At the end of the hiking day, you're only as good as your baselayer—just ask the person sharing the tent with your smelly self. Wool baselayers cut down on stench, but they're often itchier and heavier than their synthetic counterparts. That ended a few years ago, though, with the introduction of the mighty merino, an ultra-soft, extra-light wool that let you have it both ways.
Enter the Ibex Woolies Zip T-Neck baselayer: Designed for cooler, winter-to-early-spring adventures, the shirt promises breathability, warmth, and flexibility in a lightweight, stylish package. On a mid-February ski weekend in the Colorado Rockies, the Woolie delivered by wicking sweat while we roasted under a high-altitude sun; moments later, when oncoming cloud cover dropped temps by 10-15 degrees, the top switched roles and kept us toasty with the addition of just a midlayer. The Woolie comes in crew-neck versions as well, but we'd recommend the zip-neck for added winter versatility.
When faced with the stink test, the Ibex tested even better than other wools we've tried. After that ski trip, a 7-mile snowshoe, and two or three days worth of cold-day jogs, the Woolie absorbed a surprisingly small amount of my potent man-musk. It didn't smell Snuggle fresh, exactly, but I wouldn't clear out a bar either—the same certainly can't be said of stinky synthetics. (Full confession: I haven't even washed it as of this writing...but I will. Promise.)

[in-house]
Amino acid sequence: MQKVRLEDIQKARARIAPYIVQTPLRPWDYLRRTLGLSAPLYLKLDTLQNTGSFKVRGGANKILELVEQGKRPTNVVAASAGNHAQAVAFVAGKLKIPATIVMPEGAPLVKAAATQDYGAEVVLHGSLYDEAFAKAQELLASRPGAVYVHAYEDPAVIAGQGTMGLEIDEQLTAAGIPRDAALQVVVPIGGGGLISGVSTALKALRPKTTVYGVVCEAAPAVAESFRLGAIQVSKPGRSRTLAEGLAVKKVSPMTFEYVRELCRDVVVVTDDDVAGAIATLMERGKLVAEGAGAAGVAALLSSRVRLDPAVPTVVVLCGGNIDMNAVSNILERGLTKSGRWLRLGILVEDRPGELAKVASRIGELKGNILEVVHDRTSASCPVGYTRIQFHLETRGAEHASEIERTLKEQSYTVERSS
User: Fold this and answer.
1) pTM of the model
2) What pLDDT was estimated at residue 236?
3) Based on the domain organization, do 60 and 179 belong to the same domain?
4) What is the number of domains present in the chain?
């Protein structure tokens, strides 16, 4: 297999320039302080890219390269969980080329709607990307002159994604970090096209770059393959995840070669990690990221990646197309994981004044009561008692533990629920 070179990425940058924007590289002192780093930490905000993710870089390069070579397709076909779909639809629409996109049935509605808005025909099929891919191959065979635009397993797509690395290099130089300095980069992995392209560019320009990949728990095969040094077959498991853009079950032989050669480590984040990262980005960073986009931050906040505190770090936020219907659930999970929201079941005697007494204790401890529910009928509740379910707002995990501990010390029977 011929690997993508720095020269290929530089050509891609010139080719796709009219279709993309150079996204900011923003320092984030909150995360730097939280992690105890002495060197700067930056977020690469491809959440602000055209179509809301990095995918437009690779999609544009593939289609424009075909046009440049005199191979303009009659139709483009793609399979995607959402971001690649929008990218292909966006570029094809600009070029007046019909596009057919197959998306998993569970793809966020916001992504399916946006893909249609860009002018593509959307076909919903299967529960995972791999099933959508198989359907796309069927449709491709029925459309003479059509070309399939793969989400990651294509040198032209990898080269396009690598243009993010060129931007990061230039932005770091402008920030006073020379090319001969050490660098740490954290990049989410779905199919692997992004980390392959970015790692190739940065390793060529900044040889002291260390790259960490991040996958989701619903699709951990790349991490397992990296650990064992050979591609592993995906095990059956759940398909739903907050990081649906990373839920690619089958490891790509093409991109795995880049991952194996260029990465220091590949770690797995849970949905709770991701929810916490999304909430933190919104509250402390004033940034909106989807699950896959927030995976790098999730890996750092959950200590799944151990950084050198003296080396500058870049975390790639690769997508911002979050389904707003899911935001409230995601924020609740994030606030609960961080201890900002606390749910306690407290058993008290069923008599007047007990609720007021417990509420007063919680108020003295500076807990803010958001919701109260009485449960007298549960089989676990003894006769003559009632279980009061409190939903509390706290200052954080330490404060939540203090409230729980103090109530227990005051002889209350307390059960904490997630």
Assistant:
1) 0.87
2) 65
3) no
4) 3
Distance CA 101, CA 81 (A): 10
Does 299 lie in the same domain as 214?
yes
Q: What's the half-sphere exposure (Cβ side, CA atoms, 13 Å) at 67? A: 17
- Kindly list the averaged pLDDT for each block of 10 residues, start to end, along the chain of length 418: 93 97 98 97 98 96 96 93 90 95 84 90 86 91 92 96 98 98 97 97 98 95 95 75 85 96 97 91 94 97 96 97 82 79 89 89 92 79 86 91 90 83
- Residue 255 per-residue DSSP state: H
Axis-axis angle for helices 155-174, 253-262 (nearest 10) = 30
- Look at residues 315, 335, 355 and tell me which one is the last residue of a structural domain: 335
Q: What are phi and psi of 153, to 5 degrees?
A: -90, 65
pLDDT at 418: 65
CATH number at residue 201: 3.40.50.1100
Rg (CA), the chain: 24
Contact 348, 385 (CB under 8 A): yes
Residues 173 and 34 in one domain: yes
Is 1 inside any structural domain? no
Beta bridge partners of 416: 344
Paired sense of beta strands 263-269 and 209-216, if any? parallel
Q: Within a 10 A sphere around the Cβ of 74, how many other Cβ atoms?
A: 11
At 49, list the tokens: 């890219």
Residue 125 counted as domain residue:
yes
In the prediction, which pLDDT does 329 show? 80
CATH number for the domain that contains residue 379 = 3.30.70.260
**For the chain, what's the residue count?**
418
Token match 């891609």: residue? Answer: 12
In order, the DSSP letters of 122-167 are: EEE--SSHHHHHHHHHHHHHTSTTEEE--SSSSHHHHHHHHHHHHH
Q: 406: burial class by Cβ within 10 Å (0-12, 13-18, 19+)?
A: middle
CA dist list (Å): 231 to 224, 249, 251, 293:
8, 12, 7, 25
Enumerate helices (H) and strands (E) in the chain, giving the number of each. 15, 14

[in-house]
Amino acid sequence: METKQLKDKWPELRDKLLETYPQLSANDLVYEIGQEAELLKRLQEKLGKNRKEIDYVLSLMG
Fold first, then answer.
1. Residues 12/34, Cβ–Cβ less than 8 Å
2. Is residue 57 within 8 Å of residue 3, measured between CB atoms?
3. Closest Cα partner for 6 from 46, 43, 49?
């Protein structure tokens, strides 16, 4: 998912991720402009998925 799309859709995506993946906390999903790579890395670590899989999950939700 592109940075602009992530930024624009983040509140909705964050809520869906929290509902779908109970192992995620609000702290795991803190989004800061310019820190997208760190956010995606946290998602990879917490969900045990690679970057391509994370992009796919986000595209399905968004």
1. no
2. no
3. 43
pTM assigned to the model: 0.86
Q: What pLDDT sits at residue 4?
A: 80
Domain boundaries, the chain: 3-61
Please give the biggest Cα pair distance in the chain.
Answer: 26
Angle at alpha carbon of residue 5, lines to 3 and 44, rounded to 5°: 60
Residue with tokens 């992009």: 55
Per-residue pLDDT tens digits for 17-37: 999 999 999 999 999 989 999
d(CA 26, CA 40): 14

Caveats: While solidly breathable, the Ibex Woolie is probably too warm for any heavy-on-the-cardio adventures beyond the cooler days of spring (cool summer nights on the town are probably OK, though). If you're wearing this baselayer solo, confidence is a must, as the tightly-wound, New Zealand merino cloth is Catwoman clingy. Also, at $70 for just a baselayer, you'll pay a fairly hefty price for all that versatility.
Still, the Ibex Woolie will likely cover all your baselayer needs from October to May, and you might be able to go that long without washing it (OK, for the sake of your trail partners, don't really try that). When it comes to baselayers, it's another compelling reason for you to say "make mine merino."